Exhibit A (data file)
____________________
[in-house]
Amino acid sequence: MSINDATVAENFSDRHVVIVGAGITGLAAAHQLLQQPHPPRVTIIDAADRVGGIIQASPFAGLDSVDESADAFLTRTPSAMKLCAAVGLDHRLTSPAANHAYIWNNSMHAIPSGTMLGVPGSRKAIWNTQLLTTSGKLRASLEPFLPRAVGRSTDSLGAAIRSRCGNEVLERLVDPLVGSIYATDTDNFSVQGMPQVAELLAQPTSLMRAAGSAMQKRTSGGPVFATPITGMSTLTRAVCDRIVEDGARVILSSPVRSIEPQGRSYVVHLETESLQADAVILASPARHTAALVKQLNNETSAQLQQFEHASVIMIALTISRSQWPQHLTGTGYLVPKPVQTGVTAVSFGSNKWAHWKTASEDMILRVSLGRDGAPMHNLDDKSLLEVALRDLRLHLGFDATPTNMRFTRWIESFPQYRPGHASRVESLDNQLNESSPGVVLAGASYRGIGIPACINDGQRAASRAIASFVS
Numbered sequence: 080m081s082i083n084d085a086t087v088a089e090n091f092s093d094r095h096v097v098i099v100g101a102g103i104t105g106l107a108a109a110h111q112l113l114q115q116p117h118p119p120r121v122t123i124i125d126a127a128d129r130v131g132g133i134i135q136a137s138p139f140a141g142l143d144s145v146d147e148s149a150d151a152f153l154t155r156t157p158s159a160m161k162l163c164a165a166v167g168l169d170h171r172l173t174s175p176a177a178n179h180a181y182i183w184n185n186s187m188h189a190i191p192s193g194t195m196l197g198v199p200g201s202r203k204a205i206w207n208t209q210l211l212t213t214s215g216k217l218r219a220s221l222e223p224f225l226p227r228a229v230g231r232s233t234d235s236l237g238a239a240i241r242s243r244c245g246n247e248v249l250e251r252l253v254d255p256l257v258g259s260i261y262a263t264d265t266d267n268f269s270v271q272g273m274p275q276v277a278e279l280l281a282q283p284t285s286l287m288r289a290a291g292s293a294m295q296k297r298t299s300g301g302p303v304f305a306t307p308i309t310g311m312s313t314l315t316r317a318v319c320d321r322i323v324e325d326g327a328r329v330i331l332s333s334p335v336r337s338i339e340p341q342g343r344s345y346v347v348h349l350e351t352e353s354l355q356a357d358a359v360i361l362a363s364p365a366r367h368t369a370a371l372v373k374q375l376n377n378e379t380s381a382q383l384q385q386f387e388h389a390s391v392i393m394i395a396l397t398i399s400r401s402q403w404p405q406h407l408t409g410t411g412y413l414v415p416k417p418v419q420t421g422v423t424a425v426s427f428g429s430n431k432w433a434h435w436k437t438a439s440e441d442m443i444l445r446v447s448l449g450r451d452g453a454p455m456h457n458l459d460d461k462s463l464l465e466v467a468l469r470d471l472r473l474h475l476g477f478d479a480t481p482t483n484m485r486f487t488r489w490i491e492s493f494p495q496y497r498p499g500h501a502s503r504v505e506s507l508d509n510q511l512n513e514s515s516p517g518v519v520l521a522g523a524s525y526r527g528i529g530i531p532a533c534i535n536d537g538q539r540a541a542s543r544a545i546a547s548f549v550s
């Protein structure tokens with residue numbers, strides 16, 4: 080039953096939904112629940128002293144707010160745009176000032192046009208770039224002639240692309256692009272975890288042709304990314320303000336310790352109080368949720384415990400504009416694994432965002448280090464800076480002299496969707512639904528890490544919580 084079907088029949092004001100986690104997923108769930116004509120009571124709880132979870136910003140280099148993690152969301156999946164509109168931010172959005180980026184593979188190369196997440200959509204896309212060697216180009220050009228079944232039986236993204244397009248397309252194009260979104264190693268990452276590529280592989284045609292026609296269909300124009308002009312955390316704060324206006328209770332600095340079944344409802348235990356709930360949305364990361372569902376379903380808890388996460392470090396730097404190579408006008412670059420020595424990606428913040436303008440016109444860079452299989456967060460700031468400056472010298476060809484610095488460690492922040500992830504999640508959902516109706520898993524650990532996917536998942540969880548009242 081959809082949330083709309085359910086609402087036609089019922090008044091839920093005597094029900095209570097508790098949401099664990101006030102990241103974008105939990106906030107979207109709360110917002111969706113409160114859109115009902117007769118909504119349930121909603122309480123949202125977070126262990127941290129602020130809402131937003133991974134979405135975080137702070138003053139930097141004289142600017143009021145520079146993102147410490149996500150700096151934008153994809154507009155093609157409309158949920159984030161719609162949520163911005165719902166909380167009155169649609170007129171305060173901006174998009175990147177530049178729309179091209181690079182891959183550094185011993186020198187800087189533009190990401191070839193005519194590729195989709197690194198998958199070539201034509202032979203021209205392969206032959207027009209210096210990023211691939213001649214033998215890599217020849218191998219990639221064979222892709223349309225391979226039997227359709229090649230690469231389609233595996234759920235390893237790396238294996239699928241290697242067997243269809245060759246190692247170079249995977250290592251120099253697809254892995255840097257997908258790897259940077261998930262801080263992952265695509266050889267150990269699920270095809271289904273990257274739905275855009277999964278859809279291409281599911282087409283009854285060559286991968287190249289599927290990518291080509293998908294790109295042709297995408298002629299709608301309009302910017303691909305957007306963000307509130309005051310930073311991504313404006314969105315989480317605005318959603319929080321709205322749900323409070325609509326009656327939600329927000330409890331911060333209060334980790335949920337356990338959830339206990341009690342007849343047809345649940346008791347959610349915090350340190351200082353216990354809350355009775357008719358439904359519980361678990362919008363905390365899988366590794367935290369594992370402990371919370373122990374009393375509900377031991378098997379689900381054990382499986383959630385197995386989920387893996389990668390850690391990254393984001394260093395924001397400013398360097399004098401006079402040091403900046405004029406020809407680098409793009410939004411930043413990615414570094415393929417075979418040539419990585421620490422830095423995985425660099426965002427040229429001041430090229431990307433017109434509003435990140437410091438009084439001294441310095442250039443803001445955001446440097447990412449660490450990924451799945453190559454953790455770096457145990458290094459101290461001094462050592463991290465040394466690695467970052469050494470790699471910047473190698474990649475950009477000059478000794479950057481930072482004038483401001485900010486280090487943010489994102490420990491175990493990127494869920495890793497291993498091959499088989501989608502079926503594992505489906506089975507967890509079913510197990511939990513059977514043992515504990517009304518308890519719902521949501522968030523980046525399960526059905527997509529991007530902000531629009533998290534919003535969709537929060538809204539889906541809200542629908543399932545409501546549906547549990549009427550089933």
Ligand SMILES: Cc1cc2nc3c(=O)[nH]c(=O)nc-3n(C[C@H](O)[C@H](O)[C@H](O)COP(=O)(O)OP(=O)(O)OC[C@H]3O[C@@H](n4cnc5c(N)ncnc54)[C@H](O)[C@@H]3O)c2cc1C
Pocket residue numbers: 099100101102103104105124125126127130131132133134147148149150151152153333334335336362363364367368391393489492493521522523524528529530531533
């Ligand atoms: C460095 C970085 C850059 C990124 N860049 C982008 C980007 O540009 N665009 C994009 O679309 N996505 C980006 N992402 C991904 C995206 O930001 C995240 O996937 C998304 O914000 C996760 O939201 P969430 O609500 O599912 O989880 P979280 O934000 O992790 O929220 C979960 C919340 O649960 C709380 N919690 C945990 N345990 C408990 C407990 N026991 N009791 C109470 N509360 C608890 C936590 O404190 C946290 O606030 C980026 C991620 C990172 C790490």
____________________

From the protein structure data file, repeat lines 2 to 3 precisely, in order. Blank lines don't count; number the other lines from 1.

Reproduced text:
Amino acid sequence: MSINDATVAENFSDRHVVIVGAGITGLAAAHQLLQQPHPPRVTIIDAADRVGGIIQASPFAGLDSVDESADAFLTRTPSAMKLCAAVGLDHRLTSPAANHAYIWNNSMHAIPSGTMLGVPGSRKAIWNTQLLTTSGKLRASLEPFLPRAVGRSTDSLGAAIRSRCGNEVLERLVDPLVGSIYATDTDNFSVQGMPQVAELLAQPTSLMRAAGSAMQKRTSGGPVFATPITGMSTLTRAVCDRIVEDGARVILSSPVRSIEPQGRSYVVHLETESLQADAVILASPARHTAALVKQLNNETSAQLQQFEHASVIMIALTISRSQWPQHLTGTGYLVPKPVQTGVTAVSFGSNKWAHWKTASEDMILRVSLGRDGAPMHNLDDKSLLEVALRDLRLHLGFDATPTNMRFTRWIESFPQYRPGHASRVESLDNQLNESSPGVVLAGASYRGIGIPACINDGQRAASRAIASFVS
Numbered sequence: 080m081s082i083n084d085a086t087v088a089e090n091f092s093d094r095h096v097v098i099v100g101a102g103i104t105g106l107a108a109a110h111q112l113l114q115q116p117h118p119p120r121v122t123i124i125d126a127a128d129r130v131g132g133i134i135q136a137s138p139f140a141g142l143d144s145v146d147e148s149a150d151a152f153l154t155r156t157p158s159a160m161k162l163c164a165a166v167g168l169d170h171r172l173t174s175p176a177a178n179h180a181y182i183w184n185n186s187m188h189a190i191p192s193g194t195m196l197g198v199p200g201s202r203k204a205i206w207n208t209q210l211l212t213t214s215g216k217l218r219a220s221l222e223p224f225l226p227r228a229v230g231r232s233t234d235s236l237g238a239a240i241r242s243r244c245g246n247e248v249l250e251r252l253v254d255p256l257v258g259s260i261y262a263t264d265t266d267n268f269s270v271q272g273m274p275q276v277a278e279l280l281a282q283p284t285s286l287m288r289a290a291g292s293a294m295q296k297r298t299s300g301g302p303v304f305a306t307p308i309t310g311m312s313t314l315t316r317a318v319c320d321r322i323v324e325d326g327a328r329v330i331l332s333s334p335v336r337s338i339e340p341q342g343r344s345y346v347v348h349l350e351t352e353s354l355q356a357d358a359v360i361l362a363s364p365a366r367h368t369a370a371l372v373k374q375l376n377n378e379t380s381a382q383l384q385q386f387e388h389a390s391v392i393m394i395a396l397t398i399s400r401s402q403w404p405q406h407l408t409g410t411g412y413l414v415p416k417p418v419q420t421g422v423t424a425v426s427f428g429s430n431k432w433a434h435w436k437t438a439s440e441d442m443i444l445r446v447s448l449g450r451d452g453a454p455m456h457n458l459d460d461k462s463l464l465e466v467a468l469r470d471l472r473l474h475l476g477f478d479a480t481p482t483n484m485r486f487t488r489w490i491e492s493f494p495q496y497r498p499g500h501a502s503r504v505e506s507l508d509n510q511l512n513e514s515s516p517g518v519v520l521a522g523a524s525y526r527g528i529g530i531p532a533c534i535n536d537g538q539r540a541a542s543r544a545i546a547s548f549v550s